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How a proposed constitutional amendment protecting abortion rights in Florida could impact access in the state

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(NEW YORK) — A proposed amendment in Florida that would enshrine abortion rights in the state’s constitution is currently at the center of a battle that could be taken up by the state’s Supreme Court.

State Attorney General Ashley Moody and other groups have asked Florida’s highest court to prevent the Amendment to Limit Government Interference with Abortion from being put on the ballot for a vote in the 2024 election.

The proposed amendment reads, in part, “No law shall prohibit, penalize, delay, or restrict abortion before viability or when necessary to protect the patient’s health, as determined by the patient’s healthcare provider.”

Floridians Protecting Freedom, the initiative’s main sponsor, and the ACLU of Florida filed response briefs to the attorney general’s challenge, arguing that the ballot initiative’s language is clear and does not mislead voters, as opponents have claimed.

The effort to include the initiative on the Florida ballot comes on the heels of Ohio voters approving a constitutional amendment during last week’s election that guarantees access to abortion and other aspects of reproductive health care.

Currently, abortion is banned at 15 weeks or later in Florida, according to the Guttmacher Institute, a research group that studies sexual and reproductive rights.

Patients seeking abortion are required to make two trips: the first for an in-person appointment, and the second 24 hours later for the abortion itself.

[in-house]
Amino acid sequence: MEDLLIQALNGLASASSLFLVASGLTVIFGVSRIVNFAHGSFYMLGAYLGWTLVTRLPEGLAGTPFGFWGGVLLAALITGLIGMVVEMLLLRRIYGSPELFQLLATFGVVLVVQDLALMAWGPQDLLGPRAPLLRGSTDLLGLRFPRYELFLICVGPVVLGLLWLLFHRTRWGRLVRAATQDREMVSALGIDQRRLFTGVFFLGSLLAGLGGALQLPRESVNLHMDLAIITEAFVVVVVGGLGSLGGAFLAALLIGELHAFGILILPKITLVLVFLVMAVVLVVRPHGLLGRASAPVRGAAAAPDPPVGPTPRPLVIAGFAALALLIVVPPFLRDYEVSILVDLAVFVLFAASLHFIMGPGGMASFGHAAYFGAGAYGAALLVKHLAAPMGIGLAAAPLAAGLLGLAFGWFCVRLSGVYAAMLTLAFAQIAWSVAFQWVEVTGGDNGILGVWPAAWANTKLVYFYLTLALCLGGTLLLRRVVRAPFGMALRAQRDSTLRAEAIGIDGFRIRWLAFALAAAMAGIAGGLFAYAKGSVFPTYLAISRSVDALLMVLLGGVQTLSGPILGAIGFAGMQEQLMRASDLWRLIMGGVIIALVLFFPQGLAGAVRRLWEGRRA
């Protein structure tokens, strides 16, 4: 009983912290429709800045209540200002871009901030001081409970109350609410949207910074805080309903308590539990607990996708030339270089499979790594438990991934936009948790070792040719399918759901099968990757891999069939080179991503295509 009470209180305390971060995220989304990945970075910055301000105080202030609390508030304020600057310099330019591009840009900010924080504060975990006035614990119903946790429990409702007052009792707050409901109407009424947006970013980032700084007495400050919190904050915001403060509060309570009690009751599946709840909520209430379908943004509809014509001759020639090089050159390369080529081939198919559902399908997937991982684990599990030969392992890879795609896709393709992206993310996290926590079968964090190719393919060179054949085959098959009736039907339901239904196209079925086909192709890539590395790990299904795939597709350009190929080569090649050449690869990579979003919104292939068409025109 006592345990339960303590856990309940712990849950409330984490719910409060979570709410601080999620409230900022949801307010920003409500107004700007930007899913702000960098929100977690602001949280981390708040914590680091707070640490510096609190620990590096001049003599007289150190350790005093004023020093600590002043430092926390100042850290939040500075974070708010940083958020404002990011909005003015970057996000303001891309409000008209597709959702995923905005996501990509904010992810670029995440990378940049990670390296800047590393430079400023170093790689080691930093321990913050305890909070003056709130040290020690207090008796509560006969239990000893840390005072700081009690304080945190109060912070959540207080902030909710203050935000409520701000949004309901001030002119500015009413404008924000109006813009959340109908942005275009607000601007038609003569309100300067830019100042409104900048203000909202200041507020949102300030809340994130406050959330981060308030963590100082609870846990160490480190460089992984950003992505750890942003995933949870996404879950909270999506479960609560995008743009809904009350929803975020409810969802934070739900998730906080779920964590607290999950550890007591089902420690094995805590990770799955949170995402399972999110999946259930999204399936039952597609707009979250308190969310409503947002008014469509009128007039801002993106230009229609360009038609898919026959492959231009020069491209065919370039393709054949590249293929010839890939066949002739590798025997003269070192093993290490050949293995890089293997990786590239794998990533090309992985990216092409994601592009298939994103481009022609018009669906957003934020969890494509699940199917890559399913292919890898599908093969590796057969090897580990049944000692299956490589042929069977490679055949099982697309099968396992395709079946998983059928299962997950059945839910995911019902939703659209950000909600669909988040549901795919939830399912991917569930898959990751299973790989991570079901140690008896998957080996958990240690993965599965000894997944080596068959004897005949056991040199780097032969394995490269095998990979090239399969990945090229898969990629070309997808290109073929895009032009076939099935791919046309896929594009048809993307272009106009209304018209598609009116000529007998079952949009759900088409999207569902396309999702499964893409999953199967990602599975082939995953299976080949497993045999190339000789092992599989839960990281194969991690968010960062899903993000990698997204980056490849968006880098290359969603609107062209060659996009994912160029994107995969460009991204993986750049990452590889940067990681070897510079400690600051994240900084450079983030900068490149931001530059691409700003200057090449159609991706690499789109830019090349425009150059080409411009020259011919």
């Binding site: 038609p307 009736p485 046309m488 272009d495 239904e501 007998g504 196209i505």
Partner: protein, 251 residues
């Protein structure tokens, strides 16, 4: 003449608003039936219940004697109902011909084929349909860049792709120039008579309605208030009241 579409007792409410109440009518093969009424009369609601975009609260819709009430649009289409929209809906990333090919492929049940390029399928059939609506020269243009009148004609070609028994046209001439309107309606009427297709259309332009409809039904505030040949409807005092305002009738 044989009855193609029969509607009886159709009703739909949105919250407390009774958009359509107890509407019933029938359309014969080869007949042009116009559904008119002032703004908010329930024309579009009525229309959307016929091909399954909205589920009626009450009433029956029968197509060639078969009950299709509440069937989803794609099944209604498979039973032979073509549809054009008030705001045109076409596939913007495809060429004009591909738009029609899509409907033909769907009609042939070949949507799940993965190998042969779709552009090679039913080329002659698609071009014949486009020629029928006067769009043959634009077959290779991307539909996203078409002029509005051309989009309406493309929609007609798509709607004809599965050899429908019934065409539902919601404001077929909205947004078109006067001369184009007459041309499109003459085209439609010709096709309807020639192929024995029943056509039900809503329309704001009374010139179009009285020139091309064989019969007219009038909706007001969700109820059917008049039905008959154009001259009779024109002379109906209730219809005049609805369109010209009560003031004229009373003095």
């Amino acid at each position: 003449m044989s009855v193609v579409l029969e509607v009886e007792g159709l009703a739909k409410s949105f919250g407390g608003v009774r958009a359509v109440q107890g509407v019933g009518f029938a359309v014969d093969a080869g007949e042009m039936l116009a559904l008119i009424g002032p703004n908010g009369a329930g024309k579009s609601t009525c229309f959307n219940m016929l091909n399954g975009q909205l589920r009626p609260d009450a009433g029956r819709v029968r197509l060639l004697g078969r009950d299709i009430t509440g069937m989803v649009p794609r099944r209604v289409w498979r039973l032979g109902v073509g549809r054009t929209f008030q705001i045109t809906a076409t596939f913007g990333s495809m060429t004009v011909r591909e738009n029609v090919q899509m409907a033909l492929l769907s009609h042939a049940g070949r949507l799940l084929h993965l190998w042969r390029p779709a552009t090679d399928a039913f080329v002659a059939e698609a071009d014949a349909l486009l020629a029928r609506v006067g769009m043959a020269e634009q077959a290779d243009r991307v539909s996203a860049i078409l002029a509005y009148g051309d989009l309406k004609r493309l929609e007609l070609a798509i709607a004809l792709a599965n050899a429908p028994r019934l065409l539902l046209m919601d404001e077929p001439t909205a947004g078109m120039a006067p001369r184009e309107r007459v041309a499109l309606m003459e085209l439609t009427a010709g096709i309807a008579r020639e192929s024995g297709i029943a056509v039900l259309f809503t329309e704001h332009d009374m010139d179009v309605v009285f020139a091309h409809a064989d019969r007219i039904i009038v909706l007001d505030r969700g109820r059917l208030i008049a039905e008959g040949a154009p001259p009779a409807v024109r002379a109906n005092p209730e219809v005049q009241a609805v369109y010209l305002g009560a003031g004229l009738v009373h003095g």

Additionally, only physicians are allowed to perform abortions and not other qualified health care professionals, the Guttmacher Institute says.

As of Monday, Floridians Protecting Freedom has collected more than 491,000 signatures of the 891,523 required to place the Amendment to Limit Government Interference with Abortion on the ballot. However, the number of signatures collected is already enough to qualify it for ballot summary review by the Florida Supreme Court.

If the amendment makes it onto the ballot and is subsequently passed by a majority of voters, it would protect abortion up until the fetus can survive outside the womb, which is generally considered to be between 24 and 26 weeks’ gestation. It would also make Florida the eighth state to protect abortion rights or prevent further restricting those rights, via a ballot imitative, since the Supreme Court voted to overturn Roe v. Wade in June 2022

There is no language in the proposed Florida amendment addressing what type of health care professional is or is not allowed to perform an abortion, or whether there is a mandatory 24-hour wait period between requesting an abortion and receiving one, as the law currently requires.

If the amendment doesn’t make it on the ballot, or if it does but isn’t passed by a majority of voters, that failure could help clear the way for a six-week abortion ban to be enacted.

In April 2023, Florida Gov. Ron DeSantis signed a six-week abortion ban into law, replacing the previous 15-week ban. The legislation makes exceptions for when a woman’s life or health is at risk and for cases of rape or incest, under certain conditions.

Two physicians currently must certify in writing that an abortion is necessary to save the woman’s life or to avert a serious risk of substantial and irreversible physical impairment of a major bodily function of the pregnant woman. If two physicians are not available, one physician must certify in writing the above, as well as that a second physician is not available to consult.

For abortions in the case of rape or incest, the exceptions allow the procedure to be performed up to 15 weeks into the pregnancy, and if the woman provides a copy of a restraining order, police report, medical record or other court order or documentation proving that she’s a victim of rape or incest.

Currently, the 15-week ban is on hold while the Florida Supreme Court decides whether it’s constitutional, following challenges by the Center for Reproductive Rights and other groups. If the 15-week ban is upheld, then the six week-ban will be allowed to go into effect.

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